I worked really hard on a project and my boss was unhappy with the result. She decided to go with a different direction, which means my team and I have to start over. I feel like I failed and the blow to my ego has been difficult to handle. I don’t like disappointing people. I notice myself feeling less confident as we move forward with this project and even in my daily interactions at work. How do I rebuild my confidence at work and learn to pull away some of those attachments/emotions?
Thanks for writing in and sharing your frustrations. Believe me when I say I’ve been there — you spend time and energy putting together what you believe is great work, but don’t get the satisfaction of seeing it go forward to the next level.
The most important yet undervalued responsibility we all have as high performers is to protect our confidence.
Without confidence, it’s so much harder to drum up the courage to strive on a new project — it can feel far easier to just sit back and wait for someone to give you a new opportunity rather than creating one yourself. And when you’re operating from a reactive place rather than a proactive one, it’s nearly impossible to do the kind of strategic planning needed to execute at a high level.
You’ve got an important objective ahead of you: learn and grow from this experience, and emerge better and stronger because of it.
Here’s how I do this.
1. First, I separate my self-worth from my high work standards. This foundational step is highly nuanced, so I’ll share how this plays out in my own brain with the hopes that you can find your flavor of this idea.
I produce exceptional, high-quality work because that’s my standard operating procedure for myself. When I work, it’s going to be at my best, fullest capabilities.
But my work is not who I am as a human. I will continue to be ambitious and seek growth no matter what I do to earn a living, and no matter who I work with or where.
If you can think of great skills and attributes that are always true about you, inside and outside of work, then you always have a foundation of self-respect and an understanding of the value you bring to the world simply by being alive.
One small thing I sometimes do is make lists of all the achievements I’m proud of in recent memory, personally or professionally. If I can find reasons to be grateful, even when I’m feeling low, I know I can rebound better and stronger than ever.
2. Next, I separate the emotion from the feedback I received. A big mistake people make when receiving harsh criticism at work is internalizing the criticism rather than the lesson.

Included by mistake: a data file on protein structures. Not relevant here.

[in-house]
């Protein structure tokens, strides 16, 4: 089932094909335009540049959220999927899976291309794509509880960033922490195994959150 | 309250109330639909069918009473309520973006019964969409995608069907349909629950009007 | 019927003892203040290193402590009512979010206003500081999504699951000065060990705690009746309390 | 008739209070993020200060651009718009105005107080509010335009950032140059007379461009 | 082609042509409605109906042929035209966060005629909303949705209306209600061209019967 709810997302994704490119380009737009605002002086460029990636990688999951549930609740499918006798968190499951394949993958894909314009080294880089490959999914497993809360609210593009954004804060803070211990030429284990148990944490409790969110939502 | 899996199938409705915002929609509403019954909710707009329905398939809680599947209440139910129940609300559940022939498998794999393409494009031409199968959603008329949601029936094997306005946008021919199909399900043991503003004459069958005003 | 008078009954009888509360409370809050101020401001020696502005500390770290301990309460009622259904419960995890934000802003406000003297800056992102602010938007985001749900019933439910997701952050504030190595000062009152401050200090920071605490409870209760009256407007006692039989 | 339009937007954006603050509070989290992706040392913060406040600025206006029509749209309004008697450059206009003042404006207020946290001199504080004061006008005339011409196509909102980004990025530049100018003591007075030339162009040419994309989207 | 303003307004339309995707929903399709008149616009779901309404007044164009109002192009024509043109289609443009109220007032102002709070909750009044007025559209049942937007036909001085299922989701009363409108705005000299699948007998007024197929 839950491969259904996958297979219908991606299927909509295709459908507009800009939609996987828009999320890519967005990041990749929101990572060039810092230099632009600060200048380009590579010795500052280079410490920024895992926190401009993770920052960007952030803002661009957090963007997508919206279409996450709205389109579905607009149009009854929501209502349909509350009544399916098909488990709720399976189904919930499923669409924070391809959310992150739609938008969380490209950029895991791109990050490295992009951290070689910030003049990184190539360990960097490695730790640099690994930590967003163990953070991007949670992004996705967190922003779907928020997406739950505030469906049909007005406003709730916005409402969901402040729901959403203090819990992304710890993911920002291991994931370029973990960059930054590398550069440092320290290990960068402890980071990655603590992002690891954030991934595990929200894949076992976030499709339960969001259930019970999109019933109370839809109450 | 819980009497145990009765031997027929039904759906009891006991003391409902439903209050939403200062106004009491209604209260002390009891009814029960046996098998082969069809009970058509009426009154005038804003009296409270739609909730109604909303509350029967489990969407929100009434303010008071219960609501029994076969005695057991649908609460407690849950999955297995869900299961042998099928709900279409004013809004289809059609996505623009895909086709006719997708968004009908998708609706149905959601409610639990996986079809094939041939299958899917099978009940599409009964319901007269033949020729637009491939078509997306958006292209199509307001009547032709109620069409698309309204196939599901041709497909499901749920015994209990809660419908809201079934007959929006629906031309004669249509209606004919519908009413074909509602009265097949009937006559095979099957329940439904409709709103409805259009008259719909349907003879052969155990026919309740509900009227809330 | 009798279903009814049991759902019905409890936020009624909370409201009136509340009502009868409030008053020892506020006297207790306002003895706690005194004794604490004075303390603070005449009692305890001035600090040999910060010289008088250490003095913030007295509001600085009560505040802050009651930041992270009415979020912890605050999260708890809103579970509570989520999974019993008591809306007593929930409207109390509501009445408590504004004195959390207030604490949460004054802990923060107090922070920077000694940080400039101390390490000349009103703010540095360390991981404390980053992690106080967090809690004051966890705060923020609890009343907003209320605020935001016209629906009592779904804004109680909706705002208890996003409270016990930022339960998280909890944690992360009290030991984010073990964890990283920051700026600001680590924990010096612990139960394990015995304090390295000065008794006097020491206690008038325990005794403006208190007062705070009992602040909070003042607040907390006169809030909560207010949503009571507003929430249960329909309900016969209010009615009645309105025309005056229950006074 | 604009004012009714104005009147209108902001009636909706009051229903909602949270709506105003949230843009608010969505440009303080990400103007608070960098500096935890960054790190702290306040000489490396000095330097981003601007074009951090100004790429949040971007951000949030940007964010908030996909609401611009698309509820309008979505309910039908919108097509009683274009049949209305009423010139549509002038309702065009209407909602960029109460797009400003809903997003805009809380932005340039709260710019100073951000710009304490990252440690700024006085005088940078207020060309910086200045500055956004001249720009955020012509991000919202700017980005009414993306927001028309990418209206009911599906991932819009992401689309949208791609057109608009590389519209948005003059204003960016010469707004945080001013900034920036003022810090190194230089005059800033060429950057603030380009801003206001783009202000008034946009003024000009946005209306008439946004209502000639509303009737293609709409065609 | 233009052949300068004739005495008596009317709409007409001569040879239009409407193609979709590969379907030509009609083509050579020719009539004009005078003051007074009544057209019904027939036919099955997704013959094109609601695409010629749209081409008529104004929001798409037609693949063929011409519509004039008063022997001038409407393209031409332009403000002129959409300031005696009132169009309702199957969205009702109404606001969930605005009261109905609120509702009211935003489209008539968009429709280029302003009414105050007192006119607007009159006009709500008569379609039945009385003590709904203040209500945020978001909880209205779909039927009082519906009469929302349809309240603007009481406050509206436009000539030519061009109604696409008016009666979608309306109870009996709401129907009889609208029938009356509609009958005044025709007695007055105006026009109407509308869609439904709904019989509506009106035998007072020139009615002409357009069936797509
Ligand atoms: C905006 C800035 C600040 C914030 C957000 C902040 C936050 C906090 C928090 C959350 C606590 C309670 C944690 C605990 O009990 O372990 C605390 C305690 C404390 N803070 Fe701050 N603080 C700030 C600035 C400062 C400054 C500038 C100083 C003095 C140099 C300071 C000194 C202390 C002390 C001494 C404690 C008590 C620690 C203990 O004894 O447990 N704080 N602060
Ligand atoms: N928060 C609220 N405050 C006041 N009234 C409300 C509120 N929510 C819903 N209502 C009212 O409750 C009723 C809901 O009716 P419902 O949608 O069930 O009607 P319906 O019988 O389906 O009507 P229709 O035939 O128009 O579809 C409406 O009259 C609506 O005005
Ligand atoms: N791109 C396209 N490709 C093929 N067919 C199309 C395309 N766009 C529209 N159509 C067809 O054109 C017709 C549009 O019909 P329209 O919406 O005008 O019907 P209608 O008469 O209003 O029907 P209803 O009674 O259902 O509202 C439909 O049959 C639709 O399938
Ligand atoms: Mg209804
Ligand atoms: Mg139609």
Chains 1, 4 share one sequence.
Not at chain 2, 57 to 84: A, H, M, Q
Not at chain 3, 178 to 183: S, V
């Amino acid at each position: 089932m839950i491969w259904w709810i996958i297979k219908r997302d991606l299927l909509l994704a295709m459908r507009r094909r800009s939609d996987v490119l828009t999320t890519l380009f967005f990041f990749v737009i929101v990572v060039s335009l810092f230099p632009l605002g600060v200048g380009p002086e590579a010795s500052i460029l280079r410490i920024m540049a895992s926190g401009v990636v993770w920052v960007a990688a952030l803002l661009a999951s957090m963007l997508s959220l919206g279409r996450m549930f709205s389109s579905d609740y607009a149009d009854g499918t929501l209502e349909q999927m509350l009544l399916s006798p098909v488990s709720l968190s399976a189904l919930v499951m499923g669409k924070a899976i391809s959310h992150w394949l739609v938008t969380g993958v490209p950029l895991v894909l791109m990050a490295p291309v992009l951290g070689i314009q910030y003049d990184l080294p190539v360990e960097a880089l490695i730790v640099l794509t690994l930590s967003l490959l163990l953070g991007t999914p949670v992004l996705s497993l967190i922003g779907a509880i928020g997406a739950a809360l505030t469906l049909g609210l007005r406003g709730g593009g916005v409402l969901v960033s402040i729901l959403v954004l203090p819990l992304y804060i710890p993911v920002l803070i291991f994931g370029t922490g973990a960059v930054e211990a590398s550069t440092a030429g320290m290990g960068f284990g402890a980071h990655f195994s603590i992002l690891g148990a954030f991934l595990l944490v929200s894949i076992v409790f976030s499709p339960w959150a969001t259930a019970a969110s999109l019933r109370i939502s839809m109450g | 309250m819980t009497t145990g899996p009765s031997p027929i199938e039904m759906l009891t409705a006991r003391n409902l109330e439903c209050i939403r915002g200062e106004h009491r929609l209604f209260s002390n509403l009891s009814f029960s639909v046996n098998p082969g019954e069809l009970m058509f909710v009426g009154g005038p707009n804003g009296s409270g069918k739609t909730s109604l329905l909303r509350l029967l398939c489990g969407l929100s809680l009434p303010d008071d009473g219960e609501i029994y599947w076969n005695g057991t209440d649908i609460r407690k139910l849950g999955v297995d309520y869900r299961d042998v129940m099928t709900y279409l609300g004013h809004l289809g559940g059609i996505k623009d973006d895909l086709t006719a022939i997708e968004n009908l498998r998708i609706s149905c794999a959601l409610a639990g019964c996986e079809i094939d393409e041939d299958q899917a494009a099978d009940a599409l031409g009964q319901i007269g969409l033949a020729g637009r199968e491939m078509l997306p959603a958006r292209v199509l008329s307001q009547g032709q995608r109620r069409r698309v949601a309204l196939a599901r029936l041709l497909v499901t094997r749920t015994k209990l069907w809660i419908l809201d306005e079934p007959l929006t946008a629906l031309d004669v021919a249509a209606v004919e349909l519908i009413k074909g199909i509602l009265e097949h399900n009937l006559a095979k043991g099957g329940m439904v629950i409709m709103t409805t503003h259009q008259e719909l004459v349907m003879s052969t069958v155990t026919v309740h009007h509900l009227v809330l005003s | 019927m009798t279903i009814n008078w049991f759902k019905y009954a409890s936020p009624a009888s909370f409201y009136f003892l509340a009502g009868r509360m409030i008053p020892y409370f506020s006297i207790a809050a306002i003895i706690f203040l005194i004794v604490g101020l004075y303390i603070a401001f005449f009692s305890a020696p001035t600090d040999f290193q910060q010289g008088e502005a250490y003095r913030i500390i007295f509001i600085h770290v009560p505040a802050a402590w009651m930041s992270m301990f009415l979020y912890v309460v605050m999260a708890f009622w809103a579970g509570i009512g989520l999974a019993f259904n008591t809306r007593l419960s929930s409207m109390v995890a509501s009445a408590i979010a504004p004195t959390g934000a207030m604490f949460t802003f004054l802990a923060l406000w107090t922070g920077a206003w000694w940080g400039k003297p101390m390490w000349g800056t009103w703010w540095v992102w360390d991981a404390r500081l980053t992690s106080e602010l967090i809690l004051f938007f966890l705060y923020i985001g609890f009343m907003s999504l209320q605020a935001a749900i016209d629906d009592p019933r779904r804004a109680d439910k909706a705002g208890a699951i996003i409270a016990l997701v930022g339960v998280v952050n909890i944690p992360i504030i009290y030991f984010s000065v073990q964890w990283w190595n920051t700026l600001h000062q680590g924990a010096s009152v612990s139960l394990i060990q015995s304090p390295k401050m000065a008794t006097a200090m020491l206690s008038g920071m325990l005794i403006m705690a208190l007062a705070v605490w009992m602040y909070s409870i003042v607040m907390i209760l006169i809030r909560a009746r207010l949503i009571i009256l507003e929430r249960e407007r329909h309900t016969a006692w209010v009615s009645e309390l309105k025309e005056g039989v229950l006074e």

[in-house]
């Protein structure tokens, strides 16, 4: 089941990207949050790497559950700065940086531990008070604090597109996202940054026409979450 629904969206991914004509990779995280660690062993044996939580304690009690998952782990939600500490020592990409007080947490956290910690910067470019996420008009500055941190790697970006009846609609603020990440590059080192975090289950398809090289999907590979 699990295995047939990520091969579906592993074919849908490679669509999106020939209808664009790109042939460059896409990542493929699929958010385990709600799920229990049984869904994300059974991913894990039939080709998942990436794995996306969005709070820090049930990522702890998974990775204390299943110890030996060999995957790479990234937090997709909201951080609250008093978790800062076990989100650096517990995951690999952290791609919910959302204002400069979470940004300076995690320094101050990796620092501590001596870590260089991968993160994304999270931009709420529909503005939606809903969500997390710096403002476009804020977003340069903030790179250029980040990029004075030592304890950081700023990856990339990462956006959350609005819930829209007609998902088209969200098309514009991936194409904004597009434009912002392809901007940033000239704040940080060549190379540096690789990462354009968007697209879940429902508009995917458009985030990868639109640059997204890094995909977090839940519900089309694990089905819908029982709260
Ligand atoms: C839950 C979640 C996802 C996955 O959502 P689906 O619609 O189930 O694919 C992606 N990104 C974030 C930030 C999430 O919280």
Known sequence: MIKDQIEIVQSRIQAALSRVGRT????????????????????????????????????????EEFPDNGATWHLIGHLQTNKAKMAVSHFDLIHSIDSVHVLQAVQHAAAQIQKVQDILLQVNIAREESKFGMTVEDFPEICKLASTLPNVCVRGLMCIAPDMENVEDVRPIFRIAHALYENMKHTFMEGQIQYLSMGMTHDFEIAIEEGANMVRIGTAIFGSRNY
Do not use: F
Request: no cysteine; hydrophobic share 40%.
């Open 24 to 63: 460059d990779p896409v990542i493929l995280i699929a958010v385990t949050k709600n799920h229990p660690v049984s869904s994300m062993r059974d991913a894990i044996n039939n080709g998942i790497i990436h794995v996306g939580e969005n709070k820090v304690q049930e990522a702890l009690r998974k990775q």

Some people like to remember negative interactions and use them as motivational weapons. If that style works for you, go for it -- for me, this expends too much emotional energy to be personally useful.
Instead, I strip the emotion and tonality from the criticism -- its only value is to help me weigh and prioritize specific points of feedback. For example, if a boss were to point out every formatting inconsistency in a proposal, I wouldn’t read that as criticism of my eye for detail. To me, this is a signal that formatting is very important to my boss, and that future work I do must reflect an impeccable eye for formatting.
Every piece of criticism you get is a valuable piece of intelligence into how you can overdeliver in the future for that person, or in that exact scenario.
Some of my greatest skills today have been honed with harsh feedback -- and it’s because I was able to filter emotion out of feedback and distill the insights that remain into wisdom.
3. Finally, reframe the time wasted as R&D. The final emotional blow, especially to high performers, is investing time and effort into a project and not seeing it through to the finish. Here, I argue that nothing is wasted so long as you’ve learned something.
What did you learn from this experience?
When I think back on my biggest failures, they’ve often given me my best breakthroughs.
I learned critical lessons on how to communicate deadlines with high-profile people. When to trust my gut and intuition, rather than listen to others’ opinions. When (and how early) to ask for help. When I should and shouldn’t be doing a particular task.
And when I encounter these situations again in the future, I have a truly informed perspective on how to execute better, faster, cheaper and easier than last time.
That’s my go-to process. From there, look for little ways to rebuild your confidence at work. Re-read old emails where someone you respect complimented your work. Look for and celebrate easy wins -- make a game of it.
Above all, remember that you are so much more than what you do at work… and that your next best project is just around the corner.
Ask Marissa is an ongoing blog series where we answer all your questions about optimizing your life. If you have a question for Marissa, send it to firstname.lastname@example.org.